A pyramid in which the apothem (slant height along the bisector of a face) is equal to φ times the semi-base (half the base width) is sometimes called a golden pyramid. The isosceles triangle that is the face of such a pyramid can be constructed from the two halves of a diagonally split golden rectangle (of size semi-base by apothem), joining the medium-length edges to make the apothem. The height of this pyramid is sqrt{varphi} times the semi-base (that is, the slope of the face is sqrt{varphi}); the square of the height is equal to the area of a face, φ times the square of the semi-base.

The medial right triangle of this "golden" pyramid (see diagram), with sides 1:sqrt{varphi}:varphi is interesting in its own right, demonstrating via the Pythagorean theorem the relationship sqrt{varphi} = sqrt{varphi^2 - 1} or varphi = sqrt{1 + varphi}. This "Kepler triangle is the only right triangle proportion with edge lengths in geometric progression, just as the 3–4–5 triangle is the only right triangle proportion with edge lengths in arithmetic progression. The angle with tangent sqrt{varphi} corresponds to the angle that the side of the pyramid makes with respect to the ground, 51.827... degrees (51° 49' 38").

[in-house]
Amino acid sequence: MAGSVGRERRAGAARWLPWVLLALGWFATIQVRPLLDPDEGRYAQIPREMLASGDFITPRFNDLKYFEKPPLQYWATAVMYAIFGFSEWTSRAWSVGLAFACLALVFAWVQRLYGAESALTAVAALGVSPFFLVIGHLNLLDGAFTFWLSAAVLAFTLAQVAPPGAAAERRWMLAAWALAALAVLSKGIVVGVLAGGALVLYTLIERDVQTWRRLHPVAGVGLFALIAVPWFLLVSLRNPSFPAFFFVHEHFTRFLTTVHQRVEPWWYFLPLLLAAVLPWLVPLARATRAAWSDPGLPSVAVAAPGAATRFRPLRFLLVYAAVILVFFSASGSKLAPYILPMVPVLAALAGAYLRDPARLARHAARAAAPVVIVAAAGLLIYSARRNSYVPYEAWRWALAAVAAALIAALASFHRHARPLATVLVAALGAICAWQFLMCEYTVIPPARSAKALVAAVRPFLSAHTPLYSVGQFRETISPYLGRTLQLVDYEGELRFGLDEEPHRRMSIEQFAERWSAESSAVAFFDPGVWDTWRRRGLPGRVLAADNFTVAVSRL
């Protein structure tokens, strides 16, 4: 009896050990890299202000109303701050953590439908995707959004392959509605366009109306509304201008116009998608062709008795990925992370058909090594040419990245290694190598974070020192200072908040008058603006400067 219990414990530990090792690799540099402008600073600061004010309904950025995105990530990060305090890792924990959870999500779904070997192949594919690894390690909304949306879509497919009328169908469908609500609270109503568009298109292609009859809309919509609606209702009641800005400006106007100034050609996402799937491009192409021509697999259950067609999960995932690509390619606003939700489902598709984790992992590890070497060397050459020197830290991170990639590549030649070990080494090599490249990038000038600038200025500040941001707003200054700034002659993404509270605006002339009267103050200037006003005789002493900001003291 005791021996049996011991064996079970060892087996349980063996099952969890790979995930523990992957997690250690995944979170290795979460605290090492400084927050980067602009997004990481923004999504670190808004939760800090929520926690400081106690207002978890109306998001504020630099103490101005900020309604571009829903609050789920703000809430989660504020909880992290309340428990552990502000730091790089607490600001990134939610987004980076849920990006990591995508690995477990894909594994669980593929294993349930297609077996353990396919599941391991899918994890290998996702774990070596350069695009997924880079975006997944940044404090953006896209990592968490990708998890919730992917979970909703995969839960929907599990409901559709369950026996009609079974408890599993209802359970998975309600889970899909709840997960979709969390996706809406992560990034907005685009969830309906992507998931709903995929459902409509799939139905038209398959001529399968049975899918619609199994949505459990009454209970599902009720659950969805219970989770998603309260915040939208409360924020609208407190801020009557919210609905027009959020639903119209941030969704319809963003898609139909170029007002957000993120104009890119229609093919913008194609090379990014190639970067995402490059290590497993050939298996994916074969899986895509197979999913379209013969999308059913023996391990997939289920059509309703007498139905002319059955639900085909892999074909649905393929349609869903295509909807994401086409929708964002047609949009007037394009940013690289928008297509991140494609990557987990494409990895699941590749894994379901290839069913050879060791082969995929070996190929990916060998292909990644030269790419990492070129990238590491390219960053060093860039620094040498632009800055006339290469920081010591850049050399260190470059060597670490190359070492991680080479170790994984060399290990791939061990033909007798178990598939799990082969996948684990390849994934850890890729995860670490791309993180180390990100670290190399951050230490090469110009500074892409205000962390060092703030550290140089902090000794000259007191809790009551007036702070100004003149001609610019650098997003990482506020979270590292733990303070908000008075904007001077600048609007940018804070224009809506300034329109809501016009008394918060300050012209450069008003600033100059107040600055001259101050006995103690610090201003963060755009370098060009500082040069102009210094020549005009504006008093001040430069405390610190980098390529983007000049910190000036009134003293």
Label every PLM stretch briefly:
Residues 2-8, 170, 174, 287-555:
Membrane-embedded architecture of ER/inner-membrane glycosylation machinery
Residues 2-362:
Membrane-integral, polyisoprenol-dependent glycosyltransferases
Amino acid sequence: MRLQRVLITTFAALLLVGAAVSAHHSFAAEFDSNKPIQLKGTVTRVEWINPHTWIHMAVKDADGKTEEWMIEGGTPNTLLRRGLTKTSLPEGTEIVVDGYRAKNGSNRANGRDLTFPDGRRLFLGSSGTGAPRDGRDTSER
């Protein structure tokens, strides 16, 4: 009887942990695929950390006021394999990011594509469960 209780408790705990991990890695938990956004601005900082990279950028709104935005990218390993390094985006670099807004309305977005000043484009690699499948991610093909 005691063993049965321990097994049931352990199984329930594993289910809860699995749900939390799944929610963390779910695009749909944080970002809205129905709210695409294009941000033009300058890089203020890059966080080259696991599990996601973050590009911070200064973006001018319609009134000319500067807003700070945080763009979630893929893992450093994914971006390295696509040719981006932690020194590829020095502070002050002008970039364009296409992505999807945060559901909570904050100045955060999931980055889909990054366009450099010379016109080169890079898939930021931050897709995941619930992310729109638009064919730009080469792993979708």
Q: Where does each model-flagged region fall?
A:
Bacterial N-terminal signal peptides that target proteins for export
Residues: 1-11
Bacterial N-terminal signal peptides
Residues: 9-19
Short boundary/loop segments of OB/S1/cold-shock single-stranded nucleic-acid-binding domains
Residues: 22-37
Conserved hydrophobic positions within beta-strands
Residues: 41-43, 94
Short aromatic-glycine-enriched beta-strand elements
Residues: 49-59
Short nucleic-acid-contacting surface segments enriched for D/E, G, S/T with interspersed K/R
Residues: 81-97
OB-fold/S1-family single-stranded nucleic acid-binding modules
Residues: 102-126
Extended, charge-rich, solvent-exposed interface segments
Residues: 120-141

A nearly similar pyramid shape, but with rational proportions, is described in the Rhind Mathematical Papyrus (the source of a large part of modern knowledge of ancient Egyptian mathematics), based on the 3:4:5 triangle; the face slope corresponding to the angle with tangent 4/3 is 53.13 degrees (53 degrees and 8 minutes). The slant height or apothem is 5/3 or 1.666... times the semi-base. The Rhind papyrus has another pyramid problem as well, again with rational slope (expressed as run over rise). Egyptian mathematics did not include the notion of irrational numbers, and the rational inverse slope (run/rise, multiplied by a factor of 7 to convert to their conventional units of palms per cubit) was used in the building of pyramids.

Another mathematical pyramid with proportions almost identical to the "golden" one is the one with perimeter equal to 2π times the height, or h:b = 4:π. This triangle has a face angle of 51.854° (51°51'), very close to the 51.827° of the golden triangle. This pyramid relationship corresponds to the coincidental relationship sqrt{varphi} approx 4/pi.

Egyptian pyramids very close in proportion to these mathematical pyramids are known.

Egyptian pyramids